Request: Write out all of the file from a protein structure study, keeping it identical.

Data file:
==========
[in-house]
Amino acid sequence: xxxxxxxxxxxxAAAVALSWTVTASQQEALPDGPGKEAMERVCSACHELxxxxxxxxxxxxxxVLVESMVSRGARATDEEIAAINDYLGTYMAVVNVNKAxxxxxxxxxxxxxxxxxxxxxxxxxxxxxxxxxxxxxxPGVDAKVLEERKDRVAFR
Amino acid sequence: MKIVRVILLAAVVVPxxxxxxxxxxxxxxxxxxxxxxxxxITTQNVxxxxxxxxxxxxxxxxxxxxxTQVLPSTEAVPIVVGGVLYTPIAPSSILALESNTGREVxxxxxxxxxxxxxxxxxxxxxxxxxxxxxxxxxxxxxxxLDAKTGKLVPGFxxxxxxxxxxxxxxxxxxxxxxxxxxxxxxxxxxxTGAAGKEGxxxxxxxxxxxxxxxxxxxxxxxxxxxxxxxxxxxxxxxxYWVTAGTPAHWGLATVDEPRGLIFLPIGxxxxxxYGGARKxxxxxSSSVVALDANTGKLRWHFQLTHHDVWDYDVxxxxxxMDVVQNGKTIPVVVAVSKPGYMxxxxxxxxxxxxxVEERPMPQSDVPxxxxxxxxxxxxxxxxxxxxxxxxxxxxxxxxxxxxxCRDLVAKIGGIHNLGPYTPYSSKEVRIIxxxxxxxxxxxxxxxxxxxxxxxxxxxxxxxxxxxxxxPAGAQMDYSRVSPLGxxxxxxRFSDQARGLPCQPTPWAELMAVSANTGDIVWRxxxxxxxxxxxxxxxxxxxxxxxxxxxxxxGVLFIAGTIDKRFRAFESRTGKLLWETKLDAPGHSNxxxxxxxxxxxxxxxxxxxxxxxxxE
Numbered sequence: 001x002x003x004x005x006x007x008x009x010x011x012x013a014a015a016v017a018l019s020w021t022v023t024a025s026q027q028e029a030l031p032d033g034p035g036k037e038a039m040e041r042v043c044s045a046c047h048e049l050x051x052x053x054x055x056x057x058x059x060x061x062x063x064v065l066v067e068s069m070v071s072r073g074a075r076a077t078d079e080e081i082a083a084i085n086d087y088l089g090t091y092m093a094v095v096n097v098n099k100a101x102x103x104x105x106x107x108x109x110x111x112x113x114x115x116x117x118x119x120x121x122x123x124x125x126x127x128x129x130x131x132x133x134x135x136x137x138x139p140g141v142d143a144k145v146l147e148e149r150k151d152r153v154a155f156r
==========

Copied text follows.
[in-house]
Amino acid sequence: xxxxxxxxxxxxAAAVALSWTVTASQQEALPDGPGKEAMERVCSACHELxxxxxxxxxxxxxxVLVESMVSRGARATDEEIAAINDYLGTYMAVVNVNKAxxxxxxxxxxxxxxxxxxxxxxxxxxxxxxxxxxxxxxPGVDAKVLEERKDRVAFR
Amino acid sequence: MKIVRVILLAAVVVPxxxxxxxxxxxxxxxxxxxxxxxxxITTQNVxxxxxxxxxxxxxxxxxxxxxTQVLPSTEAVPIVVGGVLYTPIAPSSILALESNTGREVxxxxxxxxxxxxxxxxxxxxxxxxxxxxxxxxxxxxxxxLDAKTGKLVPGFxxxxxxxxxxxxxxxxxxxxxxxxxxxxxxxxxxxTGAAGKEGxxxxxxxxxxxxxxxxxxxxxxxxxxxxxxxxxxxxxxxxYWVTAGTPAHWGLATVDEPRGLIFLPIGxxxxxxYGGARKxxxxxSSSVVALDANTGKLRWHFQLTHHDVWDYDVxxxxxxMDVVQNGKTIPVVVAVSKPGYMxxxxxxxxxxxxxVEERPMPQSDVPxxxxxxxxxxxxxxxxxxxxxxxxxxxxxxxxxxxxxCRDLVAKIGGIHNLGPYTPYSSKEVRIIxxxxxxxxxxxxxxxxxxxxxxxxxxxxxxxxxxxxxxPAGAQMDYSRVSPLGxxxxxxRFSDQARGLPCQPTPWAELMAVSANTGDIVWRxxxxxxxxxxxxxxxxxxxxxxxxxxxxxxGVLFIAGTIDKRFRAFESRTGKLLWETKLDAPGHSNxxxxxxxxxxxxxxxxxxxxxxxxxE
Numbered sequence: 001x002x003x004x005x006x007x008x009x010x011x012x013a014a015a016v017a018l019s020w021t022v023t024a025s026q027q028e029a030l031p032d033g034p035g036k037e038a039m040e041r042v043c044s045a046c047h048e049l050x051x052x053x054x055x056x057x058x059x060x061x062x063x064v065l066v067e068s069m070v071s072r073g074a075r076a077t078d079e080e081i082a083a084i085n086d087y088l089g090t091y092m093a094v095v096n097v098n099k100a101x102x103x104x105x106x107x108x109x110x111x112x113x114x115x116x117x118x119x120x121x122x123x124x125x126x127x128x129x130x131x132x133x134x135x136x137x138x139p140g141v142d143a144k145v146l147e148e149r150k151d152r153v154a155f156r